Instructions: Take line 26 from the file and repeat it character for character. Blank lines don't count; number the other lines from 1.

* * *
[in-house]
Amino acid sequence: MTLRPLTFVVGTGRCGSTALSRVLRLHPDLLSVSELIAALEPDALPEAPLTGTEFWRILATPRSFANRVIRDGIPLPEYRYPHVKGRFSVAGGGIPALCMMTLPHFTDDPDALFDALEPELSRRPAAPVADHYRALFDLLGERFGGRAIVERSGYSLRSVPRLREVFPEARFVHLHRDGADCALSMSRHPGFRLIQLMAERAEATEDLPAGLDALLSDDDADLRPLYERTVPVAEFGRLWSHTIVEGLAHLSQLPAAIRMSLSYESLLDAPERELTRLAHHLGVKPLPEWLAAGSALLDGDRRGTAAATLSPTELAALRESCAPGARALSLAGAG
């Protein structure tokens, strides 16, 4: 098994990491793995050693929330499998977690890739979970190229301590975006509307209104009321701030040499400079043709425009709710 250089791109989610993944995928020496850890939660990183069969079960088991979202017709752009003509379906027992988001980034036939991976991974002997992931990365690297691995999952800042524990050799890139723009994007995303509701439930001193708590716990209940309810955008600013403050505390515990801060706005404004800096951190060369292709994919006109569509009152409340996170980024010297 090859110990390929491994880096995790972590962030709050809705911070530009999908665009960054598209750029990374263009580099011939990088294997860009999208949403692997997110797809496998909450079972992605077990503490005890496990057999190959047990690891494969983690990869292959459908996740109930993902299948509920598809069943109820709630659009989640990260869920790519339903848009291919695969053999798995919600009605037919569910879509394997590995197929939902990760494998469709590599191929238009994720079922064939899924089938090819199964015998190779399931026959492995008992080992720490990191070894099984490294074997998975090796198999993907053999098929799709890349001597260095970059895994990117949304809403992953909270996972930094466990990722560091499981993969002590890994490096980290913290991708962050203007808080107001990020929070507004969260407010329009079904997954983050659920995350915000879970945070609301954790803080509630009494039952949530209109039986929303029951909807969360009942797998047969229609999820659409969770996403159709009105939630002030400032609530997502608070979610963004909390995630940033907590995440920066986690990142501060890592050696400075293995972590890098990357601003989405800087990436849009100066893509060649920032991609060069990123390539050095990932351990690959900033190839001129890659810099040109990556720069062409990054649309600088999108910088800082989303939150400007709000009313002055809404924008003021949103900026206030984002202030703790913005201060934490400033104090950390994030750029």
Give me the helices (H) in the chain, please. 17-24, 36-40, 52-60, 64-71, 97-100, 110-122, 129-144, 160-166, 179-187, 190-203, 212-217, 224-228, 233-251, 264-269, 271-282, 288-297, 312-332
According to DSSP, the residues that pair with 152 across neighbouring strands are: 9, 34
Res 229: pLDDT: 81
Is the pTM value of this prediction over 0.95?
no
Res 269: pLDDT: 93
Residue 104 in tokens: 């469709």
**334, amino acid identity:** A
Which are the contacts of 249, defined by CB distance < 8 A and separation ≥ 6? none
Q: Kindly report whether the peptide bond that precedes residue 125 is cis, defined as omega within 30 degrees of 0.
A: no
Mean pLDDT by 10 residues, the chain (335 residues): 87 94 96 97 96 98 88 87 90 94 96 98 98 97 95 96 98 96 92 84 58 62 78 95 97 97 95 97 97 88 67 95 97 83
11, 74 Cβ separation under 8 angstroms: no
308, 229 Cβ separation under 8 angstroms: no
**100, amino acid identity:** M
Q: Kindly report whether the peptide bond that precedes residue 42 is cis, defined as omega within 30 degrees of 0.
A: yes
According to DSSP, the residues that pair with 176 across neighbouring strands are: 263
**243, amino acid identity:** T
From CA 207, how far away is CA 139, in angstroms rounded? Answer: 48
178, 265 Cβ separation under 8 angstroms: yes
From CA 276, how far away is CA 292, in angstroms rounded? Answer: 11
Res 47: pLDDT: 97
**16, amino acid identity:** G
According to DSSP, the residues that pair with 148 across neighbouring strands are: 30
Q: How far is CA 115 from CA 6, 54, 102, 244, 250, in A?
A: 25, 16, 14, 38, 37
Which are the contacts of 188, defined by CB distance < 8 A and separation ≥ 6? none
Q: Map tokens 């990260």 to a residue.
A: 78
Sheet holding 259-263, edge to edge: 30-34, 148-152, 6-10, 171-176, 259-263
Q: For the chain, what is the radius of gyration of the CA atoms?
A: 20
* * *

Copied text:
Res 47: pLDDT: 97